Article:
Tuesday, August 15, 2006

Self-Loathing Strikes Again

Democrats, gay and otherwise, are often quick to blast gay Republicans as "self-loathing" when the latter express their partisanship. After all, their logic goes, how can any self-respecting gay man or woman support candidates who wish to undermine one's basic right to exist or be considered equally under the law?

They're right, too. Too bad that just as often, gay Democrats are equally self-loathing. Consider the high-profile Pennsylvania Senate race this year, where an anti-gay Democrat is going up against notorious anti-gay Republican Rick Santorum.
more . . .

Bob Casey, Jr., offers a "kinder and gentler" alternative to Santorum, whose opposition to gay marriage and gay people in general is well known. However, strip away the veneer of kind and gentle, and the same old tune starts to play:

  • Both Casey and Santorum are opposed to gay marriage. Democrats counter that Casey supports "civil unions," which is equivalent to defenders of segregation claiming they're not racists because they support separate voting facilities for blacks which are almost as good.
  • Both Casey and Santorum are opposed to sexual freedom. Both believe that the government has an important role to play in regulating, restricting, taxing and otherwise approving various life decisions.
  • Both Casey and Santorum believe that the government, and not parents, knows best about how to raise children -- whether those children are adopted, or whether those children are one's own biological children.
  • Both Casey and Santorum love big-spending, high-taxing government. Santorum has supported deficits (a hidden tax increase) and soaring spending for years, while Casey's platform calls for increased expenditures in everything from government education bureaucrats to expanding the Iraq War.

I could go on and on, but the striking thing isn't that Casey and Santorum are largely two shades of the same color -- that's common when it comes to comparing Democrats and Republicans. It's rather more interesting to note that Pennsylvania's ballot system has been so distorted by the old parties that there's no room on the ballot for alternatives from the libertarian or even old-line socialist/social conservative movements.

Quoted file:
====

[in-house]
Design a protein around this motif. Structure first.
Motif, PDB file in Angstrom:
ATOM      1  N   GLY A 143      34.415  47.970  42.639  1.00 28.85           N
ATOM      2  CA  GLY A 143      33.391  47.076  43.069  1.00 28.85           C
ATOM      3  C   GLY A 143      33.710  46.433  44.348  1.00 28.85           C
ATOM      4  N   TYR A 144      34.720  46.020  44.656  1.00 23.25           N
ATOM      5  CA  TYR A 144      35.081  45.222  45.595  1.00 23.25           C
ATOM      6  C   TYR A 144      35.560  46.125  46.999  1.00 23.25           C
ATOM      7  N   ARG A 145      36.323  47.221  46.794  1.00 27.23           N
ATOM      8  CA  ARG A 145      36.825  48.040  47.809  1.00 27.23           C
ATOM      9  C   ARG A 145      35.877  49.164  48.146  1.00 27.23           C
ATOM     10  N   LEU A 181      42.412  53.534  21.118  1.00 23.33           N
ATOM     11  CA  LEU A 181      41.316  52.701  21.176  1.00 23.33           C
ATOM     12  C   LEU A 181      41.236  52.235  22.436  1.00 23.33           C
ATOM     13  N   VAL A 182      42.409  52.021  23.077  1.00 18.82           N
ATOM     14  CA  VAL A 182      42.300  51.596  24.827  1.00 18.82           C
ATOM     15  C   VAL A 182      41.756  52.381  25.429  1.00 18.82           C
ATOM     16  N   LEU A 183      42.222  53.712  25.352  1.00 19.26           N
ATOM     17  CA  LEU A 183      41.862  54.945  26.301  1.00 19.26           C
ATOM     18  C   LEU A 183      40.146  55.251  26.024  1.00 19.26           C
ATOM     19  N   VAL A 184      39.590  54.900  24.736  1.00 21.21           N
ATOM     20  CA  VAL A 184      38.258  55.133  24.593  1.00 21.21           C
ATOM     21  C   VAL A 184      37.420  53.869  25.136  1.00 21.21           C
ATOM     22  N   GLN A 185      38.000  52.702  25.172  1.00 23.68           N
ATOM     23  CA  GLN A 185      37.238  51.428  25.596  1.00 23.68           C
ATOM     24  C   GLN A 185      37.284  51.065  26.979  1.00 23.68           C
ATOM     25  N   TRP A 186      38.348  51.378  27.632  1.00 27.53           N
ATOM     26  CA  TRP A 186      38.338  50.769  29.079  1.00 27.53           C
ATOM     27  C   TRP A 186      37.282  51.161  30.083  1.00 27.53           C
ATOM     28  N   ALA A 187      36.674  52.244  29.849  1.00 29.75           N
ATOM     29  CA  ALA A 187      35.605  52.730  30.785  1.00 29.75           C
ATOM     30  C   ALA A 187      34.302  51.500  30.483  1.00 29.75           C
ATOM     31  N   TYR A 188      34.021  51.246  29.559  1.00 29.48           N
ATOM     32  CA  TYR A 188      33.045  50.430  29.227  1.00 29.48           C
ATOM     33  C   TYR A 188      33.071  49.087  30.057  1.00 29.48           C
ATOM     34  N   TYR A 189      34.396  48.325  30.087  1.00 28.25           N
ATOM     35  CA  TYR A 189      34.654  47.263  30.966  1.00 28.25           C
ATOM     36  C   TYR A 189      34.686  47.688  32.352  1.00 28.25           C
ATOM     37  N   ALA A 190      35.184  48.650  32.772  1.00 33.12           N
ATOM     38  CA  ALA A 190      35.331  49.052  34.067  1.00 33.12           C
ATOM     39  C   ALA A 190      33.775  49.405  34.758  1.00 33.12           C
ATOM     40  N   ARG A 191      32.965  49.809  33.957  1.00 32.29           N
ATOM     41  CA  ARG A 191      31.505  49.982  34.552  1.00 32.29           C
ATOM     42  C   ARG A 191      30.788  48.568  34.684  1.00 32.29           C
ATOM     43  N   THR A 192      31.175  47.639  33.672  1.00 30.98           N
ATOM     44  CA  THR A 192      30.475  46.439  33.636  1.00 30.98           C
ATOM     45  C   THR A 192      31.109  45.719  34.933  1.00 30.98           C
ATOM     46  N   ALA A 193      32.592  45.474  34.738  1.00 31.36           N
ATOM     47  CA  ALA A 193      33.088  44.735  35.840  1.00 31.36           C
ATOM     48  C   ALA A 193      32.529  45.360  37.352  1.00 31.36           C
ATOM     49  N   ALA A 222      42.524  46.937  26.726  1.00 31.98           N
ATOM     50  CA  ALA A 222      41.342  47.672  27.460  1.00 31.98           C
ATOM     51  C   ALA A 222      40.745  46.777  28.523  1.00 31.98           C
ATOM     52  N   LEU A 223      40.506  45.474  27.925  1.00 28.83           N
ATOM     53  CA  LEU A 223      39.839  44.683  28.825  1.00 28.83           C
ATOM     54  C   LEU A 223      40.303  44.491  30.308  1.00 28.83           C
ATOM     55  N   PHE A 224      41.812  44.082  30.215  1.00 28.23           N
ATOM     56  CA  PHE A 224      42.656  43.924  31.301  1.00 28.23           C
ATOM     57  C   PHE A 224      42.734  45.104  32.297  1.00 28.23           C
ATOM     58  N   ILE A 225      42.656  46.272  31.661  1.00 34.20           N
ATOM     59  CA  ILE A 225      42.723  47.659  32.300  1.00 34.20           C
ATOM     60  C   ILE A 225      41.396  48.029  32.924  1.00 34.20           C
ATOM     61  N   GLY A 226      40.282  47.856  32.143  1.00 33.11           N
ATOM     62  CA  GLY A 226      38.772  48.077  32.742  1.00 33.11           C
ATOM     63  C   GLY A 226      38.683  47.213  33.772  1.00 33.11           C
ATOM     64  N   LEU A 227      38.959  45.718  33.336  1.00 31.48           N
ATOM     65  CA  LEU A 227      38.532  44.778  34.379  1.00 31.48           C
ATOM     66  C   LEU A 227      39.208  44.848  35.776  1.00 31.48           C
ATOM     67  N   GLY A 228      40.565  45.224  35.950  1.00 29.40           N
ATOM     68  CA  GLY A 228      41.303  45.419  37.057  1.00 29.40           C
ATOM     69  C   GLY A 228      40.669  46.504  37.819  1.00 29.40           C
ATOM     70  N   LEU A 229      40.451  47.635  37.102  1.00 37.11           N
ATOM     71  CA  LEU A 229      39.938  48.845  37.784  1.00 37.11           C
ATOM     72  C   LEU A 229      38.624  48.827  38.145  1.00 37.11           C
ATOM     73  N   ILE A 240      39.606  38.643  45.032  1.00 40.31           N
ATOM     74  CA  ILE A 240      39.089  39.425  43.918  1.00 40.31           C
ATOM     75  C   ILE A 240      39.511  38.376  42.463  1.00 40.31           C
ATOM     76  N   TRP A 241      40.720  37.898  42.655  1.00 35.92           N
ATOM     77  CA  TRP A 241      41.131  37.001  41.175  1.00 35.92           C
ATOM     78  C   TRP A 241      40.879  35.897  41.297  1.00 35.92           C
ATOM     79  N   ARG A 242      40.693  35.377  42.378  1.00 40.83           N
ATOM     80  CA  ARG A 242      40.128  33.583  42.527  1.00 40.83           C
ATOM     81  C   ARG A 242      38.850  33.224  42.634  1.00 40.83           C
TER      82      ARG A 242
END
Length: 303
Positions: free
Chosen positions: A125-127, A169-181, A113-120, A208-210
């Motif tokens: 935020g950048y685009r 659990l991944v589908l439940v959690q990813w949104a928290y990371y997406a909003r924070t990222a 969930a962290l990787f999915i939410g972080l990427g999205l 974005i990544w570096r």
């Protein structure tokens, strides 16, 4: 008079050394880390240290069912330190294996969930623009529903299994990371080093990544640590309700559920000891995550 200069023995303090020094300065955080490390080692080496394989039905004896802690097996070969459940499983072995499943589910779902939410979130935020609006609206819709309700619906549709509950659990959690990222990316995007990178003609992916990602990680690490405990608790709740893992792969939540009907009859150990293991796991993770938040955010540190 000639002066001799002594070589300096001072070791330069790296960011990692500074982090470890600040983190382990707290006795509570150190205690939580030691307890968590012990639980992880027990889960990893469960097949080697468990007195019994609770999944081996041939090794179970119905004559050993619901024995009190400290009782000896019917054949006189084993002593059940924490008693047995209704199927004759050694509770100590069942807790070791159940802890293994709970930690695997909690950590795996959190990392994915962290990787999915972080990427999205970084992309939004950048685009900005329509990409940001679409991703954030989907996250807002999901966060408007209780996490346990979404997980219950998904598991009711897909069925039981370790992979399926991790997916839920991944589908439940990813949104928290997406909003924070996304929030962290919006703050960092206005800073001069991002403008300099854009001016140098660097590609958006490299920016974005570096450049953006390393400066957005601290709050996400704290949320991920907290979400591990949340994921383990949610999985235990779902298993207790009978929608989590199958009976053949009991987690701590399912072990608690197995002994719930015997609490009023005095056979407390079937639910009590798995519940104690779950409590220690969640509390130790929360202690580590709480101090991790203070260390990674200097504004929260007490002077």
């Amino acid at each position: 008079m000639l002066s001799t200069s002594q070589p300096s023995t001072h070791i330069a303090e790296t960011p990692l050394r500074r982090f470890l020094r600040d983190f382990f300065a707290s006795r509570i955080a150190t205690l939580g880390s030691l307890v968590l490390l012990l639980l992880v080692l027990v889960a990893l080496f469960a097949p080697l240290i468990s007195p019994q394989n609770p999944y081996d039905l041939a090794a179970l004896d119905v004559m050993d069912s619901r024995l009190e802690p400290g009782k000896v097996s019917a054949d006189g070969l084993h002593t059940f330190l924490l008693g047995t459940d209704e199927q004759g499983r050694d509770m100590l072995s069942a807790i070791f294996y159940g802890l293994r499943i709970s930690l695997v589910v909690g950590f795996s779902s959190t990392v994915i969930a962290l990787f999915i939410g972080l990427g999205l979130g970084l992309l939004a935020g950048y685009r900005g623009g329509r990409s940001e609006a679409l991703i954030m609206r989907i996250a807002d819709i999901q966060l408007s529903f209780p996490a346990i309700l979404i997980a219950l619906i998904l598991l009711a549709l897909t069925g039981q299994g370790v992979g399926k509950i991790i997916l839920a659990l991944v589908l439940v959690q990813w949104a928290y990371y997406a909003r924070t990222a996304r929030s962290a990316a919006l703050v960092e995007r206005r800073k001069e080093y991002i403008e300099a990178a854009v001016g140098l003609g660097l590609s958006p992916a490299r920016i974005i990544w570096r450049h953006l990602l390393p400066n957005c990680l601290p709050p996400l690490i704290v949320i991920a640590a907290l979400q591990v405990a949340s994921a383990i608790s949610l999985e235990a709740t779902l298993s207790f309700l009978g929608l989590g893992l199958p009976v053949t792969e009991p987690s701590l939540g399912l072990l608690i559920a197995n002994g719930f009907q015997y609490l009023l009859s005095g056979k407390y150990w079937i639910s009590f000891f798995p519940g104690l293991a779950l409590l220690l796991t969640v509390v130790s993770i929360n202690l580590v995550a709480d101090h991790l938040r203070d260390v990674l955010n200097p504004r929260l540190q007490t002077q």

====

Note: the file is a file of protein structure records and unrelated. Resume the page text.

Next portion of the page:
Pennsylvanians are being told that the Casey/Santorum race offers them a choice. But if your issues of import include marriage equality, freedom to raise one's own family, deficit/tax/spending reduction, the Iraq War and other foreign adventures, or even freedom to pursue medical stem cell research in the private sector, there's not a dime's worth of difference between the two candidates.

Libertarian PA Senate candidate Tom Martin is campaigning to improve the ballot access proposition for political candidates who believe that candidates who offer an alternative view on the major issues I listed get to crack through the stranglehold on the electoral process.

A quick surveying of his political platform shows real differences with the Casey/Santorum platform, including putting one's marriage and family decisions in the hands of individual families to deliver true marriage equality; reducing taxes and spending; and getting America out of the Iraq morass.

Wouldn't it be great to have that choice? It's up to us to make it happen, and that involves lobbying for ballot access equality (i.e. true democratic elections) and also poking holes in the contrived "differences" between the essentially identical Republican and Democratic platforms in elections throughout America.

Are we going to permit the duopoly monopoly to continue to subvert real debates about gay issues, economics, geopolitics, etc. through ballot access restrictions, hacking wikipedia entries (as has happened repeatedly in the Outright Libertarians wiki entry), campaign "finance reform" laws which ensure massive streams of money to Democrats and Republicans but no funding for third party campaigns, and "publicly sponsored debates" where only two variations on one side of any given issue are presented?

Ultimately, supporting such a status quo is self-loathing defined -- not only for gay people, but for every American who seeks a real debate on the issues which influence the success, integrity and prosperity of our country.